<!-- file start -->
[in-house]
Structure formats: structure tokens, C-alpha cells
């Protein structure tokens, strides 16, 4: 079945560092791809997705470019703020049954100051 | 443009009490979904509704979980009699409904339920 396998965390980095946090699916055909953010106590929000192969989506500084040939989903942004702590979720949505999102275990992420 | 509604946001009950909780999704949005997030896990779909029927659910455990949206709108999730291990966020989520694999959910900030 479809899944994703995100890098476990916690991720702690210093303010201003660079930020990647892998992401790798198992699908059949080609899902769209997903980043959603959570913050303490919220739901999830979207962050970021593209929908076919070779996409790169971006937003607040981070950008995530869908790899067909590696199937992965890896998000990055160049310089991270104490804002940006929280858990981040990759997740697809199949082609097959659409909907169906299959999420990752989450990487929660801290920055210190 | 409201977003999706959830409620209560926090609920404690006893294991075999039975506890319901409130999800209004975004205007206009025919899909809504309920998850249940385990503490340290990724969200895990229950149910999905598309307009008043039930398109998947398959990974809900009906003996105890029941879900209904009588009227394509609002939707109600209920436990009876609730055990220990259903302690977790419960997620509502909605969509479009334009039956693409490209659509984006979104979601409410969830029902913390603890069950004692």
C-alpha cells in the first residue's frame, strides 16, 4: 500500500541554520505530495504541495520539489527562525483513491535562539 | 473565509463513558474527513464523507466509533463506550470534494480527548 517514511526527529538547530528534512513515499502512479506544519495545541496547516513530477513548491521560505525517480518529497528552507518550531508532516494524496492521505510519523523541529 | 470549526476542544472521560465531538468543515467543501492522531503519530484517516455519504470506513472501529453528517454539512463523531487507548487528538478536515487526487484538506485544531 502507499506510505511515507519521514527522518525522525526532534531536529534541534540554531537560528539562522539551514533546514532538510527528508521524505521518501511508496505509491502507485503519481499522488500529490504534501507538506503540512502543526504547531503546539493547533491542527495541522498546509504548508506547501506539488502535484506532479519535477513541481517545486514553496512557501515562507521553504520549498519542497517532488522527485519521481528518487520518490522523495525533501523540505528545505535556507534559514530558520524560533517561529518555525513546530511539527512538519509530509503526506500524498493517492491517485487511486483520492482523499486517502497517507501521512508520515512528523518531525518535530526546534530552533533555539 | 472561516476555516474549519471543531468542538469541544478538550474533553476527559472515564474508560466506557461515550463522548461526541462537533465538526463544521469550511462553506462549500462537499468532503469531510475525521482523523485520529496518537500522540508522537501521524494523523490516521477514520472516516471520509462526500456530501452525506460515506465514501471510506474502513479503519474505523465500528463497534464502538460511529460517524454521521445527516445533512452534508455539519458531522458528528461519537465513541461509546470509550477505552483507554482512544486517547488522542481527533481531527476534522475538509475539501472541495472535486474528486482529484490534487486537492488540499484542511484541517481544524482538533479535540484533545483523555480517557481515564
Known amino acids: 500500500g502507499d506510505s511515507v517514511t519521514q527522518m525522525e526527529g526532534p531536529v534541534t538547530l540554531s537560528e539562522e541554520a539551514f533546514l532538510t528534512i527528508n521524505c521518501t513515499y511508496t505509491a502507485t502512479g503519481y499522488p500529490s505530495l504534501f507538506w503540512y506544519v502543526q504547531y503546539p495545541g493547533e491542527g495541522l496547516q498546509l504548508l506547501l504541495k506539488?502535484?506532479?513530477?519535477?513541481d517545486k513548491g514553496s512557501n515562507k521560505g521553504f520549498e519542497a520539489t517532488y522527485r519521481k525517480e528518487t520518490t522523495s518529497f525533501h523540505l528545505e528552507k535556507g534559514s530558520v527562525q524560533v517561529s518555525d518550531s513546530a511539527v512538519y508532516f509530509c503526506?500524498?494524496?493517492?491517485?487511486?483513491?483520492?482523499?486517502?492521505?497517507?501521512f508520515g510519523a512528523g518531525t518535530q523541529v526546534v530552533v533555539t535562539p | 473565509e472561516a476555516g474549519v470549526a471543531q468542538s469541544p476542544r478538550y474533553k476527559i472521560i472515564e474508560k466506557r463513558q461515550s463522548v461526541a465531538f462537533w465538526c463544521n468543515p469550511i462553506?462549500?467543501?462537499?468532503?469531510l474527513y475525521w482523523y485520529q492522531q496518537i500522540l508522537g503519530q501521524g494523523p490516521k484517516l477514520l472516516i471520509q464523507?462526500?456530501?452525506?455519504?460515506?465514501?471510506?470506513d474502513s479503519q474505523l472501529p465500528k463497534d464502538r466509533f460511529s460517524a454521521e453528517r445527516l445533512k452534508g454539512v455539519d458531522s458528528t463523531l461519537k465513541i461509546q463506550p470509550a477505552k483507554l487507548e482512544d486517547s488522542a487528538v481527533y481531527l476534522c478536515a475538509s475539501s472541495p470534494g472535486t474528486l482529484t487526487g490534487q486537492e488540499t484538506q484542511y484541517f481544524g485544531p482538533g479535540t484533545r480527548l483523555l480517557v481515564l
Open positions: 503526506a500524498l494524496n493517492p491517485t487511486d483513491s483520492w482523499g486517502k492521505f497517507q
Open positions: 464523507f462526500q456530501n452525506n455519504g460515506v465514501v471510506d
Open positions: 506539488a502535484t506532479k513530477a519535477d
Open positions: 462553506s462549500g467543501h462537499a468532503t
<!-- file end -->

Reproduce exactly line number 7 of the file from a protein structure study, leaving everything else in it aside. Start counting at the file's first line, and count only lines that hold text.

Open positions: 464523507f462526500q456530501n452525506n455519504g460515506v465514501v471510506d